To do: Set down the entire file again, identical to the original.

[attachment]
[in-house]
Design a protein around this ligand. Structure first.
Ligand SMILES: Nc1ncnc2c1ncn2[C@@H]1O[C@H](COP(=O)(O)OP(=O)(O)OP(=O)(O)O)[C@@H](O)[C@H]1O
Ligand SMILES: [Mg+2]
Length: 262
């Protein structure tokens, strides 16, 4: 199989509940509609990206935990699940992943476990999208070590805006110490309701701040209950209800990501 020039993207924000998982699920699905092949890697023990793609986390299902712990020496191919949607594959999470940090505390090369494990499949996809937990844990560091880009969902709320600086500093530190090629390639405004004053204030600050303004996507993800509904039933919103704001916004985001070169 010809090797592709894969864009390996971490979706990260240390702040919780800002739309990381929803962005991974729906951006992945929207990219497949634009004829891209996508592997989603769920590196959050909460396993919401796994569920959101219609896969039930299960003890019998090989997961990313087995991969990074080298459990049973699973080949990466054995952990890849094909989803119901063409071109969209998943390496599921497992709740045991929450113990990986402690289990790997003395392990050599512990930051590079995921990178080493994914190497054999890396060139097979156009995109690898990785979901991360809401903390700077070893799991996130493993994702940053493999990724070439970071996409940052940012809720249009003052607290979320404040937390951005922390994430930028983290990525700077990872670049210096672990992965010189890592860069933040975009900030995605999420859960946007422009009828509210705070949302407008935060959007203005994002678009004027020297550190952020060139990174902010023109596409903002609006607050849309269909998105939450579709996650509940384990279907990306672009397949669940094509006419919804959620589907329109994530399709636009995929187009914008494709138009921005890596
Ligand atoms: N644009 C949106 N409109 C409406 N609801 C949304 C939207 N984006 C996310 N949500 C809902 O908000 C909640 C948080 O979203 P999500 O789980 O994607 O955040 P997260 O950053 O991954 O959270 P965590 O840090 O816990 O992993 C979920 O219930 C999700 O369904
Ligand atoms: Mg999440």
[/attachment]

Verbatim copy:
[in-house]
Design a protein around this ligand. Structure first.
Ligand SMILES: Nc1ncnc2c1ncn2[C@@H]1O[C@H](COP(=O)(O)OP(=O)(O)OP(=O)(O)O)[C@@H](O)[C@H]1O
Ligand SMILES: [Mg+2]
Length: 262
């Protein structure tokens, strides 16, 4: 199989509940509609990206935990699940992943476990999208070590805006110490309701701040209950209800990501 020039993207924000998982699920699905092949890697023990793609986390299902712990020496191919949607594959999470940090505390090369494990499949996809937990844990560091880009969902709320600086500093530190090629390639405004004053204030600050303004996507993800509904039933919103704001916004985001070169 010809090797592709894969864009390996971490979706990260240390702040919780800002739309990381929803962005991974729906951006992945929207990219497949634009004829891209996508592997989603769920590196959050909460396993919401796994569920959101219609896969039930299960003890019998090989997961990313087995991969990074080298459990049973699973080949990466054995952990890849094909989803119901063409071109969209998943390496599921497992709740045991929450113990990986402690289990790997003395392990050599512990930051590079995921990178080493994914190497054999890396060139097979156009995109690898990785979901991360809401903390700077070893799991996130493993994702940053493999990724070439970071996409940052940012809720249009003052607290979320404040937390951005922390994430930028983290990525700077990872670049210096672990992965010189890592860069933040975009900030995605999420859960946007422009009828509210705070949302407008935060959007203005994002678009004027020297550190952020060139990174902010023109596409903002609006607050849309269909998105939450579709996650509940384990279907990306672009397949669940094509006419919804959620589907329109994530399709636009995929187009914008494709138009921005890596
Ligand atoms: N644009 C949106 N409109 C409406 N609801 C949304 C939207 N984006 C996310 N949500 C809902 O908000 C909640 C948080 O979203 P999500 O789980 O994607 O955040 P997260 O950053 O991954 O959270 P965590 O840090 O816990 O992993 C979920 O219930 C999700 O369904
Ligand atoms: Mg999440």